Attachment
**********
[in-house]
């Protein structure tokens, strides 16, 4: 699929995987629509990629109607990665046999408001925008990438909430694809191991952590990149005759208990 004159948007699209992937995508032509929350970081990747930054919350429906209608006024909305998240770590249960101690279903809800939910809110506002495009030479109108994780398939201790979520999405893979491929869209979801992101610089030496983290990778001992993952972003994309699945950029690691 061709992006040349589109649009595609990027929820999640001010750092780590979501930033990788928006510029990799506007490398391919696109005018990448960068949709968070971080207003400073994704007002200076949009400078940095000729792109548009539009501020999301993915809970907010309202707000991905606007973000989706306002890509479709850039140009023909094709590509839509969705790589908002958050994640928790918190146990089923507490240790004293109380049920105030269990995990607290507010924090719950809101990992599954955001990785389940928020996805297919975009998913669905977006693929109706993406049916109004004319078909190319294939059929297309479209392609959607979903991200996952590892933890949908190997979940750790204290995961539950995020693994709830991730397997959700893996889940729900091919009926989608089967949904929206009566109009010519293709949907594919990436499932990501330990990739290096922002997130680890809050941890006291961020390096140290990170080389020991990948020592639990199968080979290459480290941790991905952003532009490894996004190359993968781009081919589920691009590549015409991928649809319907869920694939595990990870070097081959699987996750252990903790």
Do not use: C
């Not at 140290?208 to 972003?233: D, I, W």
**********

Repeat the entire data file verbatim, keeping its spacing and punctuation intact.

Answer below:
[in-house]
């Protein structure tokens, strides 16, 4: 699929995987629509990629109607990665046999408001925008990438909430694809191991952590990149005759208990 004159948007699209992937995508032509929350970081990747930054919350429906209608006024909305998240770590249960101690279903809800939910809110506002495009030479109108994780398939201790979520999405893979491929869209979801992101610089030496983290990778001992993952972003994309699945950029690691 061709992006040349589109649009595609990027929820999640001010750092780590979501930033990788928006510029990799506007490398391919696109005018990448960068949709968070971080207003400073994704007002200076949009400078940095000729792109548009539009501020999301993915809970907010309202707000991905606007973000989706306002890509479709850039140009023909094709590509839509969705790589908002958050994640928790918190146990089923507490240790004293109380049920105030269990995990607290507010924090719950809101990992599954955001990785389940928020996805297919975009998913669905977006693929109706993406049916109004004319078909190319294939059929297309479209392609959607979903991200996952590892933890949908190997979940750790204290995961539950995020693994709830991730397997959700893996889940729900091919009926989608089967949904929206009566109009010519293709949907594919990436499932990501330990990739290096922002997130680890809050941890006291961020390096140290990170080389020991990948020592639990199968080979290459480290941790991905952003532009490894996004190359993968781009081919589920691009590549015409991928649809319907869920694939595990990870070097081959699987996750252990903790």
Do not use: C
């Not at 140290?208 to 972003?233: D, I, W």